In the luxurious Paris hotel which he had made his headquarters, Dr Karl Kruke, chief of the German Gestapo in occupied France, ground his teeth and stamped his foot with rage. “It is intolerable!” he grated. “Those French pigs must be taught a lesson. They must learn that we, the Herrenvolk, are masters here. They must not make fun of us. Donnerwetter! No!” That day Dr Kruke had seen something that was enough to set the teeth of any Nazi on edge. Marching up the street abreast forcing all French into the gutter, four Boche soldiers came swaggering, heedless of the curses and black looks of the pedestrians. But as they marched past the anger of the French had turned to mirth. They looked after their insolent conquerors. Their scowls turned to smiles, their curses to jeer and ribald laughter. “Ha, ha, ha!” they mocked. “Ho, ho, ho! V for Victory!” “Fools! Dolts! Imbeciles!” the Gestapo chief had snarled at them. “It is such brainless louts as you who will lose the Fatherland to war if we do not watch out. How dare you walk through the city with the V sign—that accursed English V—on your backs!” Then he had walked up behind them and tore the offending symbols from their backs. Now he flung himself into a luxurious chair by the fire. As quick as a flash he jumped up again as if suddenly stung by a mad hornet. A crashing German oath broke from his mouth. For, from the chair, a musical series of notes had begun to sound. “Dot-dot-dot-dash! Dot-dot-dot-dash!” “Thunder and lightning! In my own office!” Dr Kruke bellowed. Whipping out a knife, he drove it furiously into the cushion of his chair, ripped it to pieces, and revealed the source of annoyance. It was a tiny instrument, sewn into the cushion, and so constructed that pressure on the cushion released the spring that set the clockwork in motion. “Dot-dot-dot-dash! Dot-dot-dot-dash!” it went on chiming, until Kruke flung it on the floor and ground it to pieces under his heel. “In my own office!” he raged. “Feuerblut! It is too much. Donnerblitzen! I will be revenged. There is a spy in my own office. Sturmwetter! I will—” Furiously he rang the bell. In came the Hauptmann Schlyme. Tall and lean, with a thin slit for a mouth, and blazing, fanatical eyes, he was Kruke’s right-hand man, ready to carry out any command however ruthless. “In my own office, Schlyme!” Kruke raged. “There is a spy in my own office. Everywhere are the agents of the V, even here. Storms and blizzards! Nowhere can we move without seeing the V sign. Our brave soldiers daren’t move after dark unless in large bodies. Every day the agents of the V become boulder. They are inciting the population to rebellion. They may rise at any moment, and with the best of our troops in Russia we cannot risk a rising. Donnerwetter! The leaders of the V must be crushed, exterminated.” “I have bad news for you, Herr Doktor,” said the corpse-like Hauptmann as his boss paused for breath. “The leader of the V himself is here in Paris.” “How do you know he is in Paris?” “By the infallible sign, Herr Doktor. Early this morning, when General von Krass was returning from a dinner party at the Hotel Metropole, his car was held up. The General’s brow was branded with the sign of the V.” “The General’s brow branded?” Kruke gasped in horror. “The brand of the V himself,” Schlyme replied. “He carries a kind of electric torch. Instead of a light bulb it has an arrangement of wires in the form of a V. When the switch is pressed the wires glow red-hot.” Dr Kruke strode rapidly backwards and forwards with a worried frown on his face. “We must do something, Schlyme. We must do something at once. We are in the greatest peril if we do not crush the V like a viper under our heel. Wait here a moment. I have something in my bedroom to show you. The Gestapo chief’s suite of rooms were all on the same floor. He strode through a connecting door, through a cosy sitting-room, and into his bedroom. From a locked cupboard he took a small attaché case, and fumbled at the lock with his key. As he bent over it a hand, long and lean and powerful, reached out from under the bed. It clamped like an iron vice on Kruke’s ankle. It heaved, and down came the Boche on his nose with a crash that shook the building. Before he could recover the man under the bed was on him. Kruke had a glimpse of cold, merciless eyes, and a lean, hawk-beaked face. He saw an object like an electric torch, a red-hot glowing V. He felt the burning brand on his brow, heard the sizzle of the flesh. A piercing scream broke from his lips. The Hauptmann Schlyme heard the thud of his chief’s fall. He heard the scream. Even as he rushed through the connecting door, he heard the slam of another door. When he reached the bedroom Kruke was alone, the sign of the V livid on his brow. “The brand of V!” the Hauptmann cried. “V himself is actually in this building. He must not escape. We have him trapped!” He rushed to the telephone. “Not a man to leave or enter the building on any pretext whatsoever,” he screeched into the mouthpiece. “The order is absolute. No one, not even if he were the Fuhrer himself. Heil Hitler!”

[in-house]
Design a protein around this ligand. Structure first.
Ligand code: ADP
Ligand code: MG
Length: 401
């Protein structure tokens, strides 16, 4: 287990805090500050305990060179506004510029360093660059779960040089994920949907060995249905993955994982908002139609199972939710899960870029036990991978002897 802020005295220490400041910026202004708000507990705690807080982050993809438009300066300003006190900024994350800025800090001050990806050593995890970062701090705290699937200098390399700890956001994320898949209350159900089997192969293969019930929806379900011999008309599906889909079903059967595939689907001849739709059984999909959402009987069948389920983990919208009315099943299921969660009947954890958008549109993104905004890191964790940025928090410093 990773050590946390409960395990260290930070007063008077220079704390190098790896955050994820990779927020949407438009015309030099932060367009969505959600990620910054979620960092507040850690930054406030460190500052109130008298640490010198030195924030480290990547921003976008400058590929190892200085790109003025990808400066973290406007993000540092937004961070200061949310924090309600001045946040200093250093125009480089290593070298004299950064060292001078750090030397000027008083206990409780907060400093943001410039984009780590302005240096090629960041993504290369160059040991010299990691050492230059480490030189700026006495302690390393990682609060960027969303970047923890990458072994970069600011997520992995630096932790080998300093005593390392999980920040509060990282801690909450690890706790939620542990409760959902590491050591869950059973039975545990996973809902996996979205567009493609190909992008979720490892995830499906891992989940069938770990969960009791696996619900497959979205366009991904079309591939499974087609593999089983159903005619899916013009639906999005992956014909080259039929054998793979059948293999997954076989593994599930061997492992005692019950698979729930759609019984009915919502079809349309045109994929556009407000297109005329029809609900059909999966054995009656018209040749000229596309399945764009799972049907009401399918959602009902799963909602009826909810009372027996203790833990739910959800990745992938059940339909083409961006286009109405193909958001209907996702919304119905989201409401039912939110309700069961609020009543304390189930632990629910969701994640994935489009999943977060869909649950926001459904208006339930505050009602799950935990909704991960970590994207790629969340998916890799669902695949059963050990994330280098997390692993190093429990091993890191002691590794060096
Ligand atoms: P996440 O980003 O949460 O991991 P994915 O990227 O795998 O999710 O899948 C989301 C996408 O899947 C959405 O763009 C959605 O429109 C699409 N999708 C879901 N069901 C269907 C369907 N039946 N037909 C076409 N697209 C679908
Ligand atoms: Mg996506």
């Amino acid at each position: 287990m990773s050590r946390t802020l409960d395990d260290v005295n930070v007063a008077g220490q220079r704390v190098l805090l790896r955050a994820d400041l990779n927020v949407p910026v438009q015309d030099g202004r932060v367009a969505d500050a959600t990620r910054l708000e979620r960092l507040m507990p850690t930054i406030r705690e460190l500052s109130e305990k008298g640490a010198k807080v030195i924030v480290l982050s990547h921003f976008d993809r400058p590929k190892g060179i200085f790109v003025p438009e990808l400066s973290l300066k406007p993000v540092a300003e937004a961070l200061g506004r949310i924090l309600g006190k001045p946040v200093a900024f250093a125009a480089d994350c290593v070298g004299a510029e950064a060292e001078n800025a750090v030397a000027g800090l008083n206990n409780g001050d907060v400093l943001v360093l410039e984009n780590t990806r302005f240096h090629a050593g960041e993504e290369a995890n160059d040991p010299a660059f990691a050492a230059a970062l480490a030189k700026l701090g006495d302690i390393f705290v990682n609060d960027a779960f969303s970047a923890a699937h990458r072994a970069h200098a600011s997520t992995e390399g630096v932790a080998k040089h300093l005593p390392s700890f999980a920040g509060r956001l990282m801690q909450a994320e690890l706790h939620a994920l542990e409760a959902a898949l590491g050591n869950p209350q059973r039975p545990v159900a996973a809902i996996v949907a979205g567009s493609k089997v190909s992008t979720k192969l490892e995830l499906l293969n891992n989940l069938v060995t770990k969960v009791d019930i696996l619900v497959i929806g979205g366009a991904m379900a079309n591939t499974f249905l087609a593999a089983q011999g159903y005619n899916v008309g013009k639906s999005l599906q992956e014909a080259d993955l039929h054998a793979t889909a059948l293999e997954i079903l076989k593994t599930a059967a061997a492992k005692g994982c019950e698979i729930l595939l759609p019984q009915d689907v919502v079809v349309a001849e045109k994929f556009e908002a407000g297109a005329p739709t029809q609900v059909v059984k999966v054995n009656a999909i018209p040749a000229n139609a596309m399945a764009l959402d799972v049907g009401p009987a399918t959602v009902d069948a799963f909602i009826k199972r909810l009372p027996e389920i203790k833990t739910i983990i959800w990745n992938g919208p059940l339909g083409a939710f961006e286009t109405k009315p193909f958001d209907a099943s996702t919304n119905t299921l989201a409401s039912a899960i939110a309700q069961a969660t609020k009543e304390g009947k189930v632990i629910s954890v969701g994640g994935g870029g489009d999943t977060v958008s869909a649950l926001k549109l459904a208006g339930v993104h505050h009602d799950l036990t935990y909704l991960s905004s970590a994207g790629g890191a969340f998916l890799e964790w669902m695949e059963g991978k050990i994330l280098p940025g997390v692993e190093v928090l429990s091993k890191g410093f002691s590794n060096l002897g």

In a tiny room off the dining-room, where a score of uniformed clerks were busy over files and forms, sat the mournful figure of Jules Rapin, nicknamed Rapin-le-Nez, for reasons that will appear. He was a mysterious, drooping-moustached customer from the underworld of Paris. For years he had made a living by an unsavoury profession—by poking his nose into the affairs of the city’s criminal classes, and then betraying them to the police. When the Gestapo came to Paris, Rapin’s services were immediately offered, and, recommended as he had been by the Fascists chiefs of the Paris police, accepted. He had proved his value to his new masters. His moustaches sweeping his desk, he was busy writing one of the reports he was in the habit of sending to Kruke twice weekly when into his room marched Hauptmann Schlyme, with two armed guards at his back. “Search the room!” Schlyme snarled. “The V must be somewhere in the building. Search every corner. If we find the branding torch we find the man. Here, you!” He stamped up to Rapin and jammed a revolver in his ribs. Rapin-le-Nez shook his head sadly. “You are making a mistake, monsieur,” he said. “I am in the midst of an important report. I have made a discovery that will make Monsieur le Doktor Kruke open his eyes. It is worth a double payment, ma foi!” “Treacherous reptile!” Schlyme snarled, as he rapidly went over him without result. Rapin-le-Nez said nothing. But when at last the disappointed Nazis left the room to continue the search elsewhere, a low, peculiar chuckle broke from his lips. For a moment his fingers drummed on the table. A peculiar drumming, which an acute ear accustomed to Morse would have instantly understood. “Dot-dot-dot-dash! Dot-dot-dot-dash!” It was the sign of V in the International Code! Then Rapin settled back to his report. A couple of hours afterwards Schlyme was once more back in his boss’s room. “Everywhere, everyone in the building we have searched, Herr Doktor. No clue. No trace of the man or of the torch.” “It is impossible. Feuer! My brow! I will lose my job. They will sack me. They will say that a man with a V on his brow cannot remain in an official position. Devils and storm fiends! They may even send me to a concentration camp!” His eyes, detecting a curl of mockery on Schlyme’s lips, narrowed with sudden suspicion. “One man had not been searched, Herr Captain,” he rasped. “Ach—me?” Schylme protested. “It is ridiculous, but to satisfy you I will empty my pockets.” He plunged his hands into his pockets and began to display their contents on the table. As he twisted his body to get at the inner pockets, the leg of one of his loose jackboots bulged outwards. The eagle eye of Kruke caught a gleam of metal. “Never mind your pockets, Schlyme,” Kruke barked, a revolver leaping to his hand. “What have you got in your boot?” Schlyme looked stupidly at the gun pointing straight at his brow. He looked stupidly at the grim face of his chief. He looked stupidly down at his boot. “Donner!” he breathed. Incredulously he bent, and drew from the leg of his boot the branding torch of the mystery V. Still keeping his gun trained on his assistant, Kruke rang a furious peal on his bell. “The Hauptmann Schylme is under close arrest,” he barked when the summons was answered. “Take him away and keep him under constant observation.” A moment afterwards there was a meek rap at the door. Rapin-le-Nez softly opened the door and entered. “My report, Monsieur le Docteur,” he said. “I think you will find it of unusual interest. There is much in it that throws light on the V campaign.” “You are an invaluable rogue, Rapin,” the Doktor chuckled, recovering his spirits. “I don’t know what we would do without you. Let’s have a look.” Rapidly he read through the traitor’s report. Every other sentence he rubbed his hands and grunted with satisfaction. “Excellent! Excellent!” he gloated at the end. “If all our agents were like you, Rapin, we’d soon clear the city of all its rebels.” “I have your permission to leave now, monsieur?” said Rapin, with a low bow. “I have many inquiries to make!” “Surely—and take care of yourself,” said Kruke. “Remember that we have many enemies, and your life is precious.” Rapin bowed low again. Dr Kruke didn’t notice, when he left, that the branding torch was no longer lying on his desk!